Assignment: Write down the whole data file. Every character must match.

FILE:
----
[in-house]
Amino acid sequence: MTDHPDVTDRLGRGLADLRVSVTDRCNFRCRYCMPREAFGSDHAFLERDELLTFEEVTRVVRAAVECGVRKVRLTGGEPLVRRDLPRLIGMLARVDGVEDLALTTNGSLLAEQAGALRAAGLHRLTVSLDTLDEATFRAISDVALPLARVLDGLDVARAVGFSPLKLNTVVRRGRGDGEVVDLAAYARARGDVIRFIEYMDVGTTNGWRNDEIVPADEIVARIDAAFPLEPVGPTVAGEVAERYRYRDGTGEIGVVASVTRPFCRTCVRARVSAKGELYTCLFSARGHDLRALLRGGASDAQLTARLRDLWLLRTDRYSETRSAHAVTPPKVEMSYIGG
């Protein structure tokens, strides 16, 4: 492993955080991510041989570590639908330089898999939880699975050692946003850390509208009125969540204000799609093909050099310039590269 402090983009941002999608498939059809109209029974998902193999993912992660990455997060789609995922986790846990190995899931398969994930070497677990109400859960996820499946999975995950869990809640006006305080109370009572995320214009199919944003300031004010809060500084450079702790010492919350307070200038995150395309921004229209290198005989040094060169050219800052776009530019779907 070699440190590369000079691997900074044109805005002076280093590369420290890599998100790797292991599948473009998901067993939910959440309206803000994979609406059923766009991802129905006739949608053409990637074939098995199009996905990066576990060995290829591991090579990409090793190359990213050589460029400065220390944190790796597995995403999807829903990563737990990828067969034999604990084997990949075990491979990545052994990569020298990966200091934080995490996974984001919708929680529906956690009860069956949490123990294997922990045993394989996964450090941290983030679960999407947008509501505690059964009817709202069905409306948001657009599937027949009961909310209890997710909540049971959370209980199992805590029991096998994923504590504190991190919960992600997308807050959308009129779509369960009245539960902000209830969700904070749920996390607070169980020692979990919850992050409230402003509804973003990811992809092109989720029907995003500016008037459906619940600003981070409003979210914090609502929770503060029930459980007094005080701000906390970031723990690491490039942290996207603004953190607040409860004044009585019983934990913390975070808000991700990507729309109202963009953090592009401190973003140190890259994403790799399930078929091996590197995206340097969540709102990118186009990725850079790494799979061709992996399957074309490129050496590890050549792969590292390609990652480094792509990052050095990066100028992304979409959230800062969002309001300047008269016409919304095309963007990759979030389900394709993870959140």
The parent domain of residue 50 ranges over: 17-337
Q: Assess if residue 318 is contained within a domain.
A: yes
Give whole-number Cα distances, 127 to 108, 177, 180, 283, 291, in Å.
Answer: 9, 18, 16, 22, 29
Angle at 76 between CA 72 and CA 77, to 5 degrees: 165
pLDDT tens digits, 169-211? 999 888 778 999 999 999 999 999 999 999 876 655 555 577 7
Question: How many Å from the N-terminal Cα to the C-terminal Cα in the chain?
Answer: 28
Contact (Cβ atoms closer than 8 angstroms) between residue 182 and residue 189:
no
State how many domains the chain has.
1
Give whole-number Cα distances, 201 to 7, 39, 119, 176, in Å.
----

[in-house]
Amino acid sequence: MTDHPDVTDRLGRGLADLRVSVTDRCNFRCRYCMPREAFGSDHAFLERDELLTFEEVTRVVRAAVECGVRKVRLTGGEPLVRRDLPRLIGMLARVDGVEDLALTTNGSLLAEQAGALRAAGLHRLTVSLDTLDEATFRAISDVALPLARVLDGLDVARAVGFSPLKLNTVVRRGRGDGEVVDLAAYARARGDVIRFIEYMDVGTTNGWRNDEIVPADEIVARIDAAFPLEPVGPTVAGEVAERYRYRDGTGEIGVVASVTRPFCRTCVRARVSAKGELYTCLFSARGHDLRALLRGGASDAQLTARLRDLWLLRTDRYSETRSAHAVTPPKVEMSYIGG
């Protein structure tokens, strides 16, 4: 492993955080991510041989570590639908330089898999939880699975050692946003850390509208009125969540204000799609093909050099310039590269 402090983009941002999608498939059809109209029974998902193999993912992660990455997060789609995922986790846990190995899931398969994930070497677990109400859960996820499946999975995950869990809640006006305080109370009572995320214009199919944003300031004010809060500084450079702790010492919350307070200038995150395309921004229209290198005989040094060169050219800052776009530019779907 070699440190590369000079691997900074044109805005002076280093590369420290890599998100790797292991599948473009998901067993939910959440309206803000994979609406059923766009991802129905006739949608053409990637074939098995199009996905990066576990060995290829591991090579990409090793190359990213050589460029400065220390944190790796597995995403999807829903990563737990990828067969034999604990084997990949075990491979990545052994990569020298990966200091934080995490996974984001919708929680529906956690009860069956949490123990294997922990045993394989996964450090941290983030679960999407947008509501505690059964009817709202069905409306948001657009599937027949009961909310209890997710909540049971959370209980199992805590029991096998994923504590504190991190919960992600997308807050959308009129779509369960009245539960902000209830969700904070749920996390607070169980020692979990919850992050409230402003509804973003990811992809092109989720029907995003500016008037459906619940600003981070409003979210914090609502929770503060029930459980007094005080701000906390970031723990690491490039942290996207603004953190607040409860004044009585019983934990913390975070808000991700990507729309109202963009953090592009401190973003140190890259994403790799399930078929091996590197995206340097969540709102990118186009990725850079790494799979061709992996399957074309490129050496590890050549792969590292390609990652480094792509990052050095990066100028992304979409959230800062969002309001300047008269016409919304095309963007990759979030389900394709993870959140």
The parent domain of residue 50 ranges over: 17-337
Q: Assess if residue 318 is contained within a domain.
A: yes
Give whole-number Cα distances, 127 to 108, 177, 180, 283, 291, in Å.
Answer: 9, 18, 16, 22, 29
Angle at 76 between CA 72 and CA 77, to 5 degrees: 165
pLDDT tens digits, 169-211? 999 888 778 999 999 999 999 999 999 999 876 655 555 577 7
Question: How many Å from the N-terminal Cα to the C-terminal Cα in the chain?
Answer: 28
Contact (Cβ atoms closer than 8 angstroms) between residue 182 and residue 189:
no
State how many domains the chain has.
1
Give whole-number Cα distances, 201 to 7, 39, 119, 176, in Å.